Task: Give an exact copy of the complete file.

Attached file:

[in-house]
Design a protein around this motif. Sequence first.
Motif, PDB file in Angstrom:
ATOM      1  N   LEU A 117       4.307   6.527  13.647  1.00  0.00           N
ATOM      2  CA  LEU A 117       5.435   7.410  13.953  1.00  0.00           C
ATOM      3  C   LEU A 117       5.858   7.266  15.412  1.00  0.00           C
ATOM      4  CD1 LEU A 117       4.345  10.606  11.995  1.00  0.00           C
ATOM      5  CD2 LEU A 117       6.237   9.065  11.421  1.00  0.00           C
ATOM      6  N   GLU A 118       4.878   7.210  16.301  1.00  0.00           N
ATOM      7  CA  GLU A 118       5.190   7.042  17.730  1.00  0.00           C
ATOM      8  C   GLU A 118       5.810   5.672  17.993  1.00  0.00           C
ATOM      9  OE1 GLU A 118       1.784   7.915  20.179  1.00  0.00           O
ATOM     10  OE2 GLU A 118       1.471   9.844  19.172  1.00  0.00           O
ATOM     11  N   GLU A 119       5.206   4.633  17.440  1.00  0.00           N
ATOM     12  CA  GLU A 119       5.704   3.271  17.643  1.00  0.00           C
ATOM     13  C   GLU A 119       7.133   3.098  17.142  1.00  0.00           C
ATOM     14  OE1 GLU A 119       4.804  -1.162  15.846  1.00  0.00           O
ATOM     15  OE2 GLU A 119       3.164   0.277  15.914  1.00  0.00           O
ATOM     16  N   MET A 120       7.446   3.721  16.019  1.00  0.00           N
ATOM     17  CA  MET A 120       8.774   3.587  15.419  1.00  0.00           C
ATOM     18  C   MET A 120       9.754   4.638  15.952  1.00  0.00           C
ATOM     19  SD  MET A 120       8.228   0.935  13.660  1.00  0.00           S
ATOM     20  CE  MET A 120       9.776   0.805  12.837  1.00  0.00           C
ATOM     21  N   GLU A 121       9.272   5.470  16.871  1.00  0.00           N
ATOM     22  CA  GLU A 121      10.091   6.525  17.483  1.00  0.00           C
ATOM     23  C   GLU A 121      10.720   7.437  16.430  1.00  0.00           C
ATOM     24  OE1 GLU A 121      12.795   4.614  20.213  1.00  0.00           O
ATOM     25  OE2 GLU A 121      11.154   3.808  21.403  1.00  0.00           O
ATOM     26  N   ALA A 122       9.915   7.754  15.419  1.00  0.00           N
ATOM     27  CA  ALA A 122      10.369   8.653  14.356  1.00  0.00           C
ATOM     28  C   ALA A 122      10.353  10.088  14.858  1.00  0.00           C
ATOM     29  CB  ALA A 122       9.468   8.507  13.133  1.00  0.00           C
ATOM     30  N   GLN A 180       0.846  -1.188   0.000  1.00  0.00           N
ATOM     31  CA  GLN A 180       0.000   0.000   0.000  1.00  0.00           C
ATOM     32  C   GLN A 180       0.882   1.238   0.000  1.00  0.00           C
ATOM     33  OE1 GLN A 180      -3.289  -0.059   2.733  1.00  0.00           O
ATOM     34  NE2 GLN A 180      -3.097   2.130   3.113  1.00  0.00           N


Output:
[in-house]
Design a protein around this motif. Sequence first.
Motif, PDB file in Angstrom:
ATOM      1  N   LEU A 117       4.307   6.527  13.647  1.00  0.00           N
ATOM      2  CA  LEU A 117       5.435   7.410  13.953  1.00  0.00           C
ATOM      3  C   LEU A 117       5.858   7.266  15.412  1.00  0.00           C
ATOM      4  CD1 LEU A 117       4.345  10.606  11.995  1.00  0.00           C
ATOM      5  CD2 LEU A 117       6.237   9.065  11.421  1.00  0.00           C
ATOM      6  N   GLU A 118       4.878   7.210  16.301  1.00  0.00           N
ATOM      7  CA  GLU A 118       5.190   7.042  17.730  1.00  0.00           C
ATOM      8  C   GLU A 118       5.810   5.672  17.993  1.00  0.00           C
ATOM      9  OE1 GLU A 118       1.784   7.915  20.179  1.00  0.00           O
ATOM     10  OE2 GLU A 118       1.471   9.844  19.172  1.00  0.00           O
ATOM     11  N   GLU A 119       5.206   4.633  17.440  1.00  0.00           N
ATOM     12  CA  GLU A 119       5.704   3.271  17.643  1.00  0.00           C
ATOM     13  C   GLU A 119       7.133   3.098  17.142  1.00  0.00           C
ATOM     14  OE1 GLU A 119       4.804  -1.162  15.846  1.00  0.00           O
ATOM     15  OE2 GLU A 119       3.164   0.277  15.914  1.00  0.00           O
ATOM     16  N   MET A 120       7.446   3.721  16.019  1.00  0.00           N
ATOM     17  CA  MET A 120       8.774   3.587  15.419  1.00  0.00           C
ATOM     18  C   MET A 120       9.754   4.638  15.952  1.00  0.00           C
ATOM     19  SD  MET A 120       8.228   0.935  13.660  1.00  0.00           S
ATOM     20  CE  MET A 120       9.776   0.805  12.837  1.00  0.00           C
ATOM     21  N   GLU A 121       9.272   5.470  16.871  1.00  0.00           N
ATOM     22  CA  GLU A 121      10.091   6.525  17.483  1.00  0.00           C
ATOM     23  C   GLU A 121      10.720   7.437  16.430  1.00  0.00           C
ATOM     24  OE1 GLU A 121      12.795   4.614  20.213  1.00  0.00           O
ATOM     25  OE2 GLU A 121      11.154   3.808  21.403  1.00  0.00           O
ATOM     26  N   ALA A 122       9.915   7.754  15.419  1.00  0.00           N
ATOM     27  CA  ALA A 122      10.369   8.653  14.356  1.00  0.00           C
ATOM     28  C   ALA A 122      10.353  10.088  14.858  1.00  0.00           C
ATOM     29  CB  ALA A 122       9.468   8.507  13.133  1.00  0.00           C
ATOM     30  N   GLN A 180       0.846  -1.188   0.000  1.00  0.00           N
ATOM     31  CA  GLN A 180       0.000   0.000   0.000  1.00  0.00           C
ATOM     32  C   GLN A 180       0.882   1.238   0.000  1.00  0.00           C
ATOM     33  OE1 GLN A 180      -3.289  -0.059   2.733  1.00  0.00           O
ATOM     34  NE2 GLN A 180      -3.097   2.130   3.113  1.00  0.00           N